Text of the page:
Semaj MillerSemaj Miller is a 2020 graduate of the University of Washington Professional Actor Training Program (MFA, Acting). Semaj is an actor, director, producer, and educator from Chicago. His work in Chicago includes two world premiere productions by Pulitzer Prize-nominated writers, 3 Joseph Jefferson Award winning productions, and he is an Artistic Associate of Black Lives, Black Words. He has performed at Syracuse Stage, Victory Gardens, Chicago Dramatist, Black Ensemble Theatre, Remy Bumpo, Silk Road Rising, ETA Creative Arts Foundation, Redtwist Theatre, Raven Theatre, and many others. In addition to his work onstage Semaj has developed after school programs for high schools in the Chicagoland area teaching acting, poetry interpretation (often Shakespeare and Tupac in rep), and directing in underserved communities. He was an Associate Speech and Drama Coach at Thornridge High School for 6 years.

Jordan TwaddleJordan Twaddle is an MFA design student at the University of Washington School of Drama, studying scenic design. While previously having been an educator, he has worked in the Franklin and Nashville area with high school and community theatres--such as Pull-Tight Theatre and Independence High School theatre. As part of his undergraduate studies, Jordan examined musical theatre through the phenomenological lens. 


Who can sign up for this class? 

This class is designed for Washington state high school students (including 2020 graduates) who are interested in learning more about theatre. The class will be opened to non-Washington state students if space allows. If you do not live in Washington, but would like to take the master class, please sign up and note your out-of-state status. You will be notified if space is available.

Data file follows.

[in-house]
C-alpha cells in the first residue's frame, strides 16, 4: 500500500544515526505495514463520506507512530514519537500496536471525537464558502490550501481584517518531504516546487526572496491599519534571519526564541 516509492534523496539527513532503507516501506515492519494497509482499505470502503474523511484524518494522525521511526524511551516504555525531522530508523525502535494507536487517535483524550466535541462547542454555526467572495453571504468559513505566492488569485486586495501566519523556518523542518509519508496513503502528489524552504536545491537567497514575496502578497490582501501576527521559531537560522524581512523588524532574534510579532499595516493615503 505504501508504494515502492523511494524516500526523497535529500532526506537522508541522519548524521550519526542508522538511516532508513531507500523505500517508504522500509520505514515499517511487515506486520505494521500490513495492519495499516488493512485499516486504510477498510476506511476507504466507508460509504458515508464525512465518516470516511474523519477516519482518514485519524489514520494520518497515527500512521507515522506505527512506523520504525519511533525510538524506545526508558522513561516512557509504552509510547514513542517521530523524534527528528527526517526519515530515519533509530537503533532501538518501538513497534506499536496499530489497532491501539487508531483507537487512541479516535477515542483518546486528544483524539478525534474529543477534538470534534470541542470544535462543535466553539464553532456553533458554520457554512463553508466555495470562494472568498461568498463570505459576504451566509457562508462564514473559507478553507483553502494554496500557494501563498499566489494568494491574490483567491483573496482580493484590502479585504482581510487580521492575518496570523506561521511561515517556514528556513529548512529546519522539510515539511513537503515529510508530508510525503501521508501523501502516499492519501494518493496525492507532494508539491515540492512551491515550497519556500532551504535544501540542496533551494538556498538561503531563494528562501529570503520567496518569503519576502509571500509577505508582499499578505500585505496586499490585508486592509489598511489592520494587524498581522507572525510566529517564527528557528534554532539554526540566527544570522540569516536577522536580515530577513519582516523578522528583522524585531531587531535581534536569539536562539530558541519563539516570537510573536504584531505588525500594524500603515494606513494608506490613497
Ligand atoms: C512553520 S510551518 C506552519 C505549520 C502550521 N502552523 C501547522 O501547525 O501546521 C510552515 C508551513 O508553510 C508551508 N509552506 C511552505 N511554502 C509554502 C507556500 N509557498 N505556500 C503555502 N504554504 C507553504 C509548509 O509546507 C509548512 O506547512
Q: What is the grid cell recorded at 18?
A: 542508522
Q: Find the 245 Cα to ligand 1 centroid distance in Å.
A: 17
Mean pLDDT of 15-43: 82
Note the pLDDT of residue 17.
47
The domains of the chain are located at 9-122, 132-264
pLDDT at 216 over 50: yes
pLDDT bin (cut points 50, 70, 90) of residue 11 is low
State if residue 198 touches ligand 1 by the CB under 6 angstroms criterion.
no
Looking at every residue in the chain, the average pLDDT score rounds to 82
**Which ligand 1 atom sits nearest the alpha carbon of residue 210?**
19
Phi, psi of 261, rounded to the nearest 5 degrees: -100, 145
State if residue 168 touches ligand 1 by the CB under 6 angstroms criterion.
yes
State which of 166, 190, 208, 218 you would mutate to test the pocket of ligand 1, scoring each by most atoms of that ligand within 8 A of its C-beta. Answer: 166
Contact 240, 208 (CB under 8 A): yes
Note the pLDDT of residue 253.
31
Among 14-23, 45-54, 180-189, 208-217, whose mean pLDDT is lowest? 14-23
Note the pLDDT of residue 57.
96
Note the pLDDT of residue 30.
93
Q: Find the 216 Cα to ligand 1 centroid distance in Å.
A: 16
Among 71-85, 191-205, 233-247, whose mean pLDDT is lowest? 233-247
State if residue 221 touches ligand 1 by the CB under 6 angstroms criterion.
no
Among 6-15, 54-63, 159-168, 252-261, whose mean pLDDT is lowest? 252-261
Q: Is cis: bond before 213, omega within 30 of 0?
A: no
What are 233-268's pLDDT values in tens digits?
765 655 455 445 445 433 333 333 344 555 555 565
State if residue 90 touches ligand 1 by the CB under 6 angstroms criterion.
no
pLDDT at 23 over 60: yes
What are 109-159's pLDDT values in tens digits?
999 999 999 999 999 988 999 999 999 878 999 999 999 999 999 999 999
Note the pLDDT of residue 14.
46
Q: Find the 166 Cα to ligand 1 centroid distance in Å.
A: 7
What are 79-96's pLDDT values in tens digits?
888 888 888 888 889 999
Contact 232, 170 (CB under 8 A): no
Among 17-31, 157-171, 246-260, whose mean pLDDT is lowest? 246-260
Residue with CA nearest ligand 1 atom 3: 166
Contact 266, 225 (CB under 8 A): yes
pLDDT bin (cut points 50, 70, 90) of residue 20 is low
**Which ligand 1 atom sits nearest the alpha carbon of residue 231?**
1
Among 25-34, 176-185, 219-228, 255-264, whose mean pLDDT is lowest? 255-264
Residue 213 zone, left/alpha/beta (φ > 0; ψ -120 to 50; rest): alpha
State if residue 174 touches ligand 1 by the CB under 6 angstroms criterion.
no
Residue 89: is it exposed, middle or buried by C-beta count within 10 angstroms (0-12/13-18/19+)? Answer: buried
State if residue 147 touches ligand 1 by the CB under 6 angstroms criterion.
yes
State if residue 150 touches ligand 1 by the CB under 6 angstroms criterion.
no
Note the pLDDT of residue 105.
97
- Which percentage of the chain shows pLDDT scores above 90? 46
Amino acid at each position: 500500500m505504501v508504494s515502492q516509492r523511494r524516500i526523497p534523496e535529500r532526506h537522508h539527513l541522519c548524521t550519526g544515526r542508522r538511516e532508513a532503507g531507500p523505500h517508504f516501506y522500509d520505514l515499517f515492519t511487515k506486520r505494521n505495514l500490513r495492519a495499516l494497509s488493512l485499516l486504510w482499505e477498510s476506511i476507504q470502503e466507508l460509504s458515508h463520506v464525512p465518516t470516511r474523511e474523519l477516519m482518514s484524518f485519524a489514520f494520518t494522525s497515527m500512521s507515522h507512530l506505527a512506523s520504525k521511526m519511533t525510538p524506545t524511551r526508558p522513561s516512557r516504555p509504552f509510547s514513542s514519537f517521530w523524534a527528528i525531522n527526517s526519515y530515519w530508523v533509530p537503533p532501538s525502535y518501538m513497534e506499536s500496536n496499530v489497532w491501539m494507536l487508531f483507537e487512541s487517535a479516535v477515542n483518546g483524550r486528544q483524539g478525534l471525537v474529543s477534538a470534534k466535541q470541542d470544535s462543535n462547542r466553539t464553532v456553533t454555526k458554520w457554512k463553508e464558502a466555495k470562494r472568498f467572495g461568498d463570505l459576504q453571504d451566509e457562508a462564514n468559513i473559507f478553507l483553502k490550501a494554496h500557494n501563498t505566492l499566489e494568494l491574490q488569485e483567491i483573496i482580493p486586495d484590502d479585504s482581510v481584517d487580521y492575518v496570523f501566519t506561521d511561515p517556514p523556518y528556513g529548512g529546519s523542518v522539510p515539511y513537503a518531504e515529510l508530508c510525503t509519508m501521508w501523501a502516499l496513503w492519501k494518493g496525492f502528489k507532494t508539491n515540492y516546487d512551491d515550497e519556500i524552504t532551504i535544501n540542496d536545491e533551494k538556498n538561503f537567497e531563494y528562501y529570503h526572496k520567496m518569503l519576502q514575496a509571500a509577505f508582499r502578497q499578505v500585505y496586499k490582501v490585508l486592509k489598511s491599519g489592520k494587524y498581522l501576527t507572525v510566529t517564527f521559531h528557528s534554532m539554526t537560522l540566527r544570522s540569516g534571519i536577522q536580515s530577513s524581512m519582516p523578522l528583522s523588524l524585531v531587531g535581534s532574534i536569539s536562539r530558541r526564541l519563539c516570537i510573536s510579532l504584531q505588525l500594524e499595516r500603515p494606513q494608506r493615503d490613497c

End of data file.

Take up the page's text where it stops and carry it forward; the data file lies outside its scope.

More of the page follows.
How much does it cost?

Nothing. This class is free.

Do I have to come to both sessions?

Yes. The class is designed as a two-session arc. You will not be prepared to participate in the second session's activities unless you also attend the first session.

What if I only want to act (or direct, design, etc.)?

This class is designed to broaden your theatrical horizons and help you get a sense for every aspect of theatre-making, even the ones you might not be interested in pursuing as a career. Theatre is a collaborative artform. Even if you know for sure that you only want to pursue one aspect of theatre, we hope you'll see this as an opportunity to gain a better understanding of your collaborators' work--we guarantee, it will make you a better collaborator. But don't take our word for it. Listen to (Hamilton creator) Lin Manuel Miranda's advice for people pursuing theatre in college: "The answer is this: Study all the things that you don't want to go into in theatre. Study lighting. Do all the things. For my theatre major, I did makeup, I ran lights, I did sound design, I sewed costumes, and that stuff comes in incredibly handy when you work with other people. Theatre is all about collaboration, so you have to actually understand a bit of the job your collaborators are doing, so that you can speak to them fluently."

What if I don't have theatre experience?

That's great! We welcome you into this class. No prior experience with theatre is required.

What type of technology will I need to participate in this class?

This class will be conducted on Zoom. You will need an internet-enabled computer with a camera and audio.